A man of peace from Gaza

I Shall Not Hate by Izzeldin Abuelaish;  Walker & Company, New York, 2010. 238 pages.

By David Strom

David Strom

SAN DIEGO — Izzeldin Abuelaish is an amazing person. Being born and raised in the Jabalia refugee camp in the Gaza strip did not deter him from becoming a spokesperson for peace everywhere in the world and, especially, the Middle East.

In January of 2009 three of his children were killed by an Israeli tank blast just yards from his home in the Jabalia refugee camp. That same blast also killed his young niece. Horrified at what had just occurred, Izzeldin sought help from outside the refugee camp. He called and eventually reached one of his Israeli friends.

The friend he reached was an Israeli television news reporter who was on air at the time. Having received two emotional and urgent messages from Dr. Izzeldin Abuelaish, the news reporter broke into his own show-a feat that was almost unheard of, and put Dr. Abuelaish immediately on the air.  Almost in a panic state, Dr. Abuelaish told the audience exactly what was happening at the time. The people listening to the TV station could hear the gun blasts, the roar of the tank cannon blasts and the urgency of the civilian doctor’s cry for help. Dr. Abuelaish asked the Israeli newscaster to try to get permission from the Israeli authorities for him to bring his other seriously wounded children across the border to Israel to the hospital where Abuelaish worked.

Crossing from Gaza into Israel is often difficult and at best, extremely slow most of the time. But with so much media attention, the crossing of the border went just a little faster, but not without many unnecessary delays. Life and death hung in the balance for one child while for another eyesight or total loss of sight remained very questionable in another of Dr. Abuelaish’s children.

However, once the children reached the hospital the service and care given to the injured and helpless children was speedy and with medically accuracy. The Israeli hospital staff of doctors and nurses did their jobs professionally, warmly and compassionately.

On the day of the shelling by the Israeli army that killed three of Dr.Abuelaish’s children, the family had already decided to take the job offered him by the University of Toronto in Canada to work at the Dalla Lana School of Public Health.

When his family was somewhat mended, as best as it could be under the circumstances, they moved to Toronto, Canada. The children started learning English while attending public school. They were rather oddities and celebrities as many of the school children had seen or heard about them through the different media. Eventually they settled into their new life of peace and safety. Toronto was becoming their home.

Dr. Izzeldin settled into his job. He enjoyed his research work at the School of Public Health. Coming from and working in Gaza, a very deprived area of the world, Dr. Izzeldin understood the need for a good public health program and knew the good that could come from a well-funded and theoretically sound health program. In this medical area and others, Dr. Izzeldin offered sound practical advice.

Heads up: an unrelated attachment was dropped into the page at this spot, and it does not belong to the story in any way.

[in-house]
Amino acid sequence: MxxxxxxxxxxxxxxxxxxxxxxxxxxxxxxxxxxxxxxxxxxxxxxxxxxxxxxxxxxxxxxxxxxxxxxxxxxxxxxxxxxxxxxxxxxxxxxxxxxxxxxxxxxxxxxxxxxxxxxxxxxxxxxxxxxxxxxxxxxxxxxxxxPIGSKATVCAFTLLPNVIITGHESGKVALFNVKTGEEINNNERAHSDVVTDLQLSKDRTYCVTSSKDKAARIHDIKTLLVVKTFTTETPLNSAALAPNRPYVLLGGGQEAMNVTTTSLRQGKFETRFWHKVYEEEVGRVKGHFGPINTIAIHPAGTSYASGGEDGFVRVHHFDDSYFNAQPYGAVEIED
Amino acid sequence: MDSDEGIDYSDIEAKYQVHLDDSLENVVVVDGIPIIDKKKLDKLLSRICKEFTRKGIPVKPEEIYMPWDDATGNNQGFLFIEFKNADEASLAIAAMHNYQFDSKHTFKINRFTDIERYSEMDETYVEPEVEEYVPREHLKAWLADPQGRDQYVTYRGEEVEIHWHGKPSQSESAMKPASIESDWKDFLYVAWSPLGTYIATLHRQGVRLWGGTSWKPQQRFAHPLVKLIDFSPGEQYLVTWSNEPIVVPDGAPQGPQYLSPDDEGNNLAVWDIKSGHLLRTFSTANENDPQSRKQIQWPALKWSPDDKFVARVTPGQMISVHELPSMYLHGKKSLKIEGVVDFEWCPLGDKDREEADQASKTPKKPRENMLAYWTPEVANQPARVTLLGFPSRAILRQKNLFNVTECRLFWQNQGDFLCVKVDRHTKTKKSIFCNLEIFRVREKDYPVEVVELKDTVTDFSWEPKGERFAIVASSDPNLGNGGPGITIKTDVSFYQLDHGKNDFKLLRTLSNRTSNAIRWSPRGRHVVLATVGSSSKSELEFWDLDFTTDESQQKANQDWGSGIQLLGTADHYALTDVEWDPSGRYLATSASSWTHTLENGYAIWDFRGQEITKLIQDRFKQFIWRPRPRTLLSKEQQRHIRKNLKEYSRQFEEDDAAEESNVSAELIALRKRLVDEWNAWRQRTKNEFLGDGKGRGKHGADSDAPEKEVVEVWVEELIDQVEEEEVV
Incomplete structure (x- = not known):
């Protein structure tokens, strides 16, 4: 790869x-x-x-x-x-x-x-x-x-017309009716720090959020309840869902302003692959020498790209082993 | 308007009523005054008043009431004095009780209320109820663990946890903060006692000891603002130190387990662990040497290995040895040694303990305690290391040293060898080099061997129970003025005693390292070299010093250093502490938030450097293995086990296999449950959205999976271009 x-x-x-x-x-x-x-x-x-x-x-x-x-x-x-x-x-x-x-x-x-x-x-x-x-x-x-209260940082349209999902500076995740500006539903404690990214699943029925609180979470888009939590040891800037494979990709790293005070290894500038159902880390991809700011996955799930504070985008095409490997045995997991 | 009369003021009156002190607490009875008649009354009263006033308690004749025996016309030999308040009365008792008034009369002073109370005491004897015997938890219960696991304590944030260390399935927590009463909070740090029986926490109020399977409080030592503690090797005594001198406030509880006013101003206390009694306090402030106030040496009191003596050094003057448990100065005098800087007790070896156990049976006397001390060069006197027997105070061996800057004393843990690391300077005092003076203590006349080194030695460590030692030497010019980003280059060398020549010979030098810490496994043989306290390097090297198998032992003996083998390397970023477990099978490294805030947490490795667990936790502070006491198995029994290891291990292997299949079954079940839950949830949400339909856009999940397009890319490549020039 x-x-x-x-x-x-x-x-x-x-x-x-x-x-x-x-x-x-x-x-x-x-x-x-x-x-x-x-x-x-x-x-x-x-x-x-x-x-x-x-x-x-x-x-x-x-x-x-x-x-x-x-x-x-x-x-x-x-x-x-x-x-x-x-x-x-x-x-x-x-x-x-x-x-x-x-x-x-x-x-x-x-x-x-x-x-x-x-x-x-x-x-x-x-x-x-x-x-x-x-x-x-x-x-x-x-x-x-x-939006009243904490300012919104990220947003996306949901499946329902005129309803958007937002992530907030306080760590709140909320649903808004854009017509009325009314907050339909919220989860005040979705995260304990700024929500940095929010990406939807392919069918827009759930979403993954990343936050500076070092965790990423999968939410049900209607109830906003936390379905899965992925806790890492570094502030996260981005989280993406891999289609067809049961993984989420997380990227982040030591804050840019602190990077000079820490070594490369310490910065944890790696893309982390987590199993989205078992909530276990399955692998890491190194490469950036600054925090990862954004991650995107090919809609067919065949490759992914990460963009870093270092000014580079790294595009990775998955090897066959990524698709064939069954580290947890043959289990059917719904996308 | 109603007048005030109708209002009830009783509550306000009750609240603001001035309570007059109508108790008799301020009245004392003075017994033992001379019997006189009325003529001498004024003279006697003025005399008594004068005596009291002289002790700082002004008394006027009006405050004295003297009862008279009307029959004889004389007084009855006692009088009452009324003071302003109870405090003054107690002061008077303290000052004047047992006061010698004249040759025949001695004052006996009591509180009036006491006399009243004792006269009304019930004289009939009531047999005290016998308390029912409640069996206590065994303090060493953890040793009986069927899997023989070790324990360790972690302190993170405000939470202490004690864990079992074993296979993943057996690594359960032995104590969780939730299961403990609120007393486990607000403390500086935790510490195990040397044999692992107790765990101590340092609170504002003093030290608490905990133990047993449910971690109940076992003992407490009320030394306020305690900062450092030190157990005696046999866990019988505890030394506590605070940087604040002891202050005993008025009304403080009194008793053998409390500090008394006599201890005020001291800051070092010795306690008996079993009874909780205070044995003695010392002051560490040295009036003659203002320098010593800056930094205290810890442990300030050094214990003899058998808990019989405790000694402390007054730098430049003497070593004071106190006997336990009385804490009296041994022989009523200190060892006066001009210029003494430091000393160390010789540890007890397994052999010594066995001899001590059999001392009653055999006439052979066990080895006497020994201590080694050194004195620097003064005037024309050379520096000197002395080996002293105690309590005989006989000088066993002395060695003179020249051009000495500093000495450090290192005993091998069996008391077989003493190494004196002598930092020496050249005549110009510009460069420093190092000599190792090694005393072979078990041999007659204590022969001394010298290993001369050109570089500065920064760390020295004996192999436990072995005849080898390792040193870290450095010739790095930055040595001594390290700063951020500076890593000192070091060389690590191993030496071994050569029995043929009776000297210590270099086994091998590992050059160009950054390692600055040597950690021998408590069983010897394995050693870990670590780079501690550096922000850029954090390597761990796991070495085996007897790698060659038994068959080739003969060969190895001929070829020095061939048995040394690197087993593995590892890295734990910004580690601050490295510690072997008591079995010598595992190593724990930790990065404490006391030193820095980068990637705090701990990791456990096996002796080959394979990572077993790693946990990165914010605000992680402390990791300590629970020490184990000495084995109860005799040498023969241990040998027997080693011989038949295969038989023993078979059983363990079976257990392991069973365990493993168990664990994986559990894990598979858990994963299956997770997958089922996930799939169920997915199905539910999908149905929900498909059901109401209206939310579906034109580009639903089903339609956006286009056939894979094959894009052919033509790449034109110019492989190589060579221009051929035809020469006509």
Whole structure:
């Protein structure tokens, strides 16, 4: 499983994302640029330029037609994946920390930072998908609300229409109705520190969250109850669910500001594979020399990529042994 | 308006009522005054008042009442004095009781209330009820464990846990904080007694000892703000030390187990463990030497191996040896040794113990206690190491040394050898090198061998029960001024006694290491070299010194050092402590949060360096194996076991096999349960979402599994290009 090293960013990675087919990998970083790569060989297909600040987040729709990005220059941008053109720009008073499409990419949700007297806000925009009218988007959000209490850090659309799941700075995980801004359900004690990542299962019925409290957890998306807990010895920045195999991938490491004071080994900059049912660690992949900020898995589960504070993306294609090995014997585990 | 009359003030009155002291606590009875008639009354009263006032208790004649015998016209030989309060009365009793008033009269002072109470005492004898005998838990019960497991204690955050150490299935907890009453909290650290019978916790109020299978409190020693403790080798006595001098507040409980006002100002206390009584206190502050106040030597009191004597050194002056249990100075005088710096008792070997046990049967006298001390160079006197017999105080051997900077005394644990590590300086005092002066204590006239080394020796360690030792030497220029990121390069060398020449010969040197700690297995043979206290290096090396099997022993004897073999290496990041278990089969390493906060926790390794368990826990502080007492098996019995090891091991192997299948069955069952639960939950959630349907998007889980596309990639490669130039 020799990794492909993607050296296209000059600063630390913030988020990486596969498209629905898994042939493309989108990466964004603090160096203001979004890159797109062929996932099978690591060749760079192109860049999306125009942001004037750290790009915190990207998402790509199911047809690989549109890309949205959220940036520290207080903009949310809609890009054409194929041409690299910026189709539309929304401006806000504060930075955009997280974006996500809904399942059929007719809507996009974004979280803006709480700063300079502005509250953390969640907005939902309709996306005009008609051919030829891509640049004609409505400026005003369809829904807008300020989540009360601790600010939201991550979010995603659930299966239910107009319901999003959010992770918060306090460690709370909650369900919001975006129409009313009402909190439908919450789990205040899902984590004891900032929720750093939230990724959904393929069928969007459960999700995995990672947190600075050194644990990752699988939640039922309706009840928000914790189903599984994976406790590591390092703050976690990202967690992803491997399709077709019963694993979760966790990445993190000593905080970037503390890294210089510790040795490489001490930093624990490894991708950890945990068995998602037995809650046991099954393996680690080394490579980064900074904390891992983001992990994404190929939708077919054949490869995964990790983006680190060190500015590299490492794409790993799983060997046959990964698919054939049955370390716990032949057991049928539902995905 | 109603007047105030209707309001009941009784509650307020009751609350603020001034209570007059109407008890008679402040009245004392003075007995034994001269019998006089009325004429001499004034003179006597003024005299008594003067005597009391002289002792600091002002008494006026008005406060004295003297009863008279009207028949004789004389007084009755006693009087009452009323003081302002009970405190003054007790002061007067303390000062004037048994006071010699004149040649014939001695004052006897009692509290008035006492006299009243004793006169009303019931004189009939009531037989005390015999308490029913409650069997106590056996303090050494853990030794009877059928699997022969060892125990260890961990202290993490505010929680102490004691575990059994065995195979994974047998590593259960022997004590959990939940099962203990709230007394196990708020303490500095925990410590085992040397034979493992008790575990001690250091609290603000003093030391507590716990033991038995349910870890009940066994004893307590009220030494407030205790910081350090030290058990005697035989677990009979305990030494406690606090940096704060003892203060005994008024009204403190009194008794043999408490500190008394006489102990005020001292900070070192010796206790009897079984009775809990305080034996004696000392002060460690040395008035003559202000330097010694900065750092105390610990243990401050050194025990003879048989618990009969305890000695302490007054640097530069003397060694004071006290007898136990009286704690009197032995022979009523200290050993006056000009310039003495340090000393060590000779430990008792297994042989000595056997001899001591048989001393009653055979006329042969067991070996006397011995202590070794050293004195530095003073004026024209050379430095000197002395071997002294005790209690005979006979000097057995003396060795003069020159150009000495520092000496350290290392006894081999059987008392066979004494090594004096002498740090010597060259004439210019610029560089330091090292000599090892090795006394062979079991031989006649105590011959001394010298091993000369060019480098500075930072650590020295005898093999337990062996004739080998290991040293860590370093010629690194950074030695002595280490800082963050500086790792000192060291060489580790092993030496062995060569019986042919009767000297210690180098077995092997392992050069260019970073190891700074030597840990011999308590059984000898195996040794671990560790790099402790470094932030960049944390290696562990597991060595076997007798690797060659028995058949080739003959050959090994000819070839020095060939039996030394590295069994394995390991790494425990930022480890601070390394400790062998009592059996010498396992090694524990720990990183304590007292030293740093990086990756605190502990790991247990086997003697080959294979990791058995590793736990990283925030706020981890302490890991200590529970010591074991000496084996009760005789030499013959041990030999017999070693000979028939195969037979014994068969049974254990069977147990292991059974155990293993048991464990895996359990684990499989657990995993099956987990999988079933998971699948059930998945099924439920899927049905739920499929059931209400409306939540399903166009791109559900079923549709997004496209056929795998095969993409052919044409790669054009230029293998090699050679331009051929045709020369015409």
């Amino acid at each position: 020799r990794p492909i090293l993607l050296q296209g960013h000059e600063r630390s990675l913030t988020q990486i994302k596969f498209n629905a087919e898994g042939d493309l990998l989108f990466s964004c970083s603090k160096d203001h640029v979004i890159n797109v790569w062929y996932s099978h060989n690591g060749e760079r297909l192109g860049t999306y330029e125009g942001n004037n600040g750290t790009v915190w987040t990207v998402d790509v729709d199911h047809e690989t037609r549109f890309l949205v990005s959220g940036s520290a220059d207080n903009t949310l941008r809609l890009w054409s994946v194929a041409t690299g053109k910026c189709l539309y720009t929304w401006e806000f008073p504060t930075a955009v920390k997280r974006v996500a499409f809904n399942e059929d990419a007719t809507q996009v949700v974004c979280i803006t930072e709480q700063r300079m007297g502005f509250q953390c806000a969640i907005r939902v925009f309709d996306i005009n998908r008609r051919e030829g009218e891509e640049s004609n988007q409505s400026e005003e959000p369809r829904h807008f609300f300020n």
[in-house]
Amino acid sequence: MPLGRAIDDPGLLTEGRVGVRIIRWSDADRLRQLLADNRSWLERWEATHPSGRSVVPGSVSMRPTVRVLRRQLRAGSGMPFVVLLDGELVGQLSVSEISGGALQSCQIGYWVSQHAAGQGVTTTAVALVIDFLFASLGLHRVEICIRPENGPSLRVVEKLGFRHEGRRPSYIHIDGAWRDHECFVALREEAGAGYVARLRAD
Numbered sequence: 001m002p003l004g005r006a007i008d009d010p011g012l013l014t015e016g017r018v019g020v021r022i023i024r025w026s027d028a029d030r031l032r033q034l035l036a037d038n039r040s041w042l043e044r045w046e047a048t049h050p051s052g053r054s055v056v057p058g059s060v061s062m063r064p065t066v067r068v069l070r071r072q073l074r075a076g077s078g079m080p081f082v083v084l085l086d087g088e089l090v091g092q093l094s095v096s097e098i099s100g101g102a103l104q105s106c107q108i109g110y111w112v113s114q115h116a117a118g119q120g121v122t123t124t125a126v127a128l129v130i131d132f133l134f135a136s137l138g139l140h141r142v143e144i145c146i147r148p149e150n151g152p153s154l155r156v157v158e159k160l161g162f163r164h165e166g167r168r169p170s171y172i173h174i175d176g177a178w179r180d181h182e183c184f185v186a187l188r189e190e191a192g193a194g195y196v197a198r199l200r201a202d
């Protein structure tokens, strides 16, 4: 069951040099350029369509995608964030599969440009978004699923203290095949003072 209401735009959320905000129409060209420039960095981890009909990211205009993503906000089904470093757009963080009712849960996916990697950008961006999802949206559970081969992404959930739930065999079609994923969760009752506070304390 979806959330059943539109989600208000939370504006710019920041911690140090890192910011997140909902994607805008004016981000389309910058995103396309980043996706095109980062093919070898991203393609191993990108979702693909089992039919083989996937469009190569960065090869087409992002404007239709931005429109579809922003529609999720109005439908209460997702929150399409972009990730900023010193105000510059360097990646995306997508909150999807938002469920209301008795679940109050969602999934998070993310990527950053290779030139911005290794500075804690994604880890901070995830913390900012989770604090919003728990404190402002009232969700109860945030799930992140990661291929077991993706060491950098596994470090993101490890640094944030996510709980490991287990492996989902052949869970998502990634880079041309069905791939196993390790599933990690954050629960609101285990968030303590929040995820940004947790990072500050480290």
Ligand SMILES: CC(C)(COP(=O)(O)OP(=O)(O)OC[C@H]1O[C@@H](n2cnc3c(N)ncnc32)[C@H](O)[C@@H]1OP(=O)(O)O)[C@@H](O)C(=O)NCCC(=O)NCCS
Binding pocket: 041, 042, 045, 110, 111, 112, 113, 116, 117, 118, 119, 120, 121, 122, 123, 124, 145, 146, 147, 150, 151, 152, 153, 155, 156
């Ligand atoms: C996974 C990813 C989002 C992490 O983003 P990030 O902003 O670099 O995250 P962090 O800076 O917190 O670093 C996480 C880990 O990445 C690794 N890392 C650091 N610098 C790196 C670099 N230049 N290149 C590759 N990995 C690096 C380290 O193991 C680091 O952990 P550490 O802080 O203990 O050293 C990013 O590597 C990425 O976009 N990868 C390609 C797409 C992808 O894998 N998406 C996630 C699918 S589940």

Despite working full time at the Dalla Lana School of Health, Izzeldin did not relinquish his work for peace between Palestinians and Israelis. He has been interviewed by major newspapers, appeared on many TV shows and met with many leaders of the world. An Israeli colleague Dr. Marek Glezerman, chairman of the Hospital for Women and deputy director of Rabin Medical Center remarked:

“Lately, I sometimes hear people say that he’s too good to be   true. Having lost his daughters, how can he speak about peace and love and keep his Israeli friends? Some even wonder if he is taking advantage of his tragedy. But I have known him for many years, and I can attest that nothing can be further from the truth. His vision of coexistence is deep, strong, and consistent-unshaken even by tragedy so enormous we have a hard time imagining how anyone could survive it. And still he moves on.”


With all the real life problems that Dr. Abuelaish Izzeldin encountered thus far in his life, it is a wonder that he does not hate all Israelis. Prior to the terrible day of the killing of his children, Dr. Abuelaish sent his daughters to camp cosponsored by Moslem Arabs and Israelis. 

Both groups allowed and urged the children from the different religions and backgrounds to get to know one another. When one of the Israeli campers learned her camp friend was wounded and in an Israeli hospital, she visited with her and helped in her convalescence. 

Abuelaish is an amazing person. He taught his children to be peace-loving human beings. Hopefully they will, along with many others follow in his peaceful footsteps. The world needs more like him, especially in the ever-volatile Middle East.

Strom is professor emeritus of education at San Diego State University.  He may be contacted at [email protected]

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Copyright 2012 San Diego Jewish World

One Response to “A man of peace from Gaza”

  1. Tim Upham says:

    I just hope that Dr. Abuelaish can go beyond just writing a book, to actually influencing government policy. To get Hamas to recognize the State of Israel. So many people in Gaza have suffered already, and it can be brought to an end, if there were open borders and trade with Israel. Israel is not going anywhere, and neither are the people of Gaza. So what is the alternative? Simple, to accept each other, and to live with each other. Is that so difficult for Hamas to swallow?


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